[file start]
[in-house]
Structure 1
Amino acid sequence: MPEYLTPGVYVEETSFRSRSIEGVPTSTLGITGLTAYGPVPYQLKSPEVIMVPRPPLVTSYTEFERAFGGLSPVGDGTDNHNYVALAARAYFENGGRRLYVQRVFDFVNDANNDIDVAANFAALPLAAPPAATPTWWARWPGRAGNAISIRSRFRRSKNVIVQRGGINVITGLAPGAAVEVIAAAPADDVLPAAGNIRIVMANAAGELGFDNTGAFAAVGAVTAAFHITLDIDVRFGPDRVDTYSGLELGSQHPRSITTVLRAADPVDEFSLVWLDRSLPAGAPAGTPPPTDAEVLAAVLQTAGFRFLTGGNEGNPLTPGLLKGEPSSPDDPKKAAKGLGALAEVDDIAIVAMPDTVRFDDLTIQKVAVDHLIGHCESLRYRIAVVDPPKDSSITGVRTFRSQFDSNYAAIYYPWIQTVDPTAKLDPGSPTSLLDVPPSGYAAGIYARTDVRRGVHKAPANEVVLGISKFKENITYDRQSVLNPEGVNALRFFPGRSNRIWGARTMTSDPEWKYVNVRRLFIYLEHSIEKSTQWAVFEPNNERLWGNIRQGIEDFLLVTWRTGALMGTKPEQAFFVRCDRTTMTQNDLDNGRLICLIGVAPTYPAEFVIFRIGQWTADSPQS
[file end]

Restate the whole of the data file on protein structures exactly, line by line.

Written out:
[in-house]
Structure 1
Amino acid sequence: MPEYLTPGVYVEETSFRSRSIEGVPTSTLGITGLTAYGPVPYQLKSPEVIMVPRPPLVTSYTEFERAFGGLSPVGDGTDNHNYVALAARAYFENGGRRLYVQRVFDFVNDANNDIDVAANFAALPLAAPPAATPTWWARWPGRAGNAISIRSRFRRSKNVIVQRGGINVITGLAPGAAVEVIAAAPADDVLPAAGNIRIVMANAAGELGFDNTGAFAAVGAVTAAFHITLDIDVRFGPDRVDTYSGLELGSQHPRSITTVLRAADPVDEFSLVWLDRSLPAGAPAGTPPPTDAEVLAAVLQTAGFRFLTGGNEGNPLTPGLLKGEPSSPDDPKKAAKGLGALAEVDDIAIVAMPDTVRFDDLTIQKVAVDHLIGHCESLRYRIAVVDPPKDSSITGVRTFRSQFDSNYAAIYYPWIQTVDPTAKLDPGSPTSLLDVPPSGYAAGIYARTDVRRGVHKAPANEVVLGISKFKENITYDRQSVLNPEGVNALRFFPGRSNRIWGARTMTSDPEWKYVNVRRLFIYLEHSIEKSTQWAVFEPNNERLWGNIRQGIEDFLLVTWRTGALMGTKPEQAFFVRCDRTTMTQNDLDNGRLICLIGVAPTYPAEFVIFRIGQWTADSPQS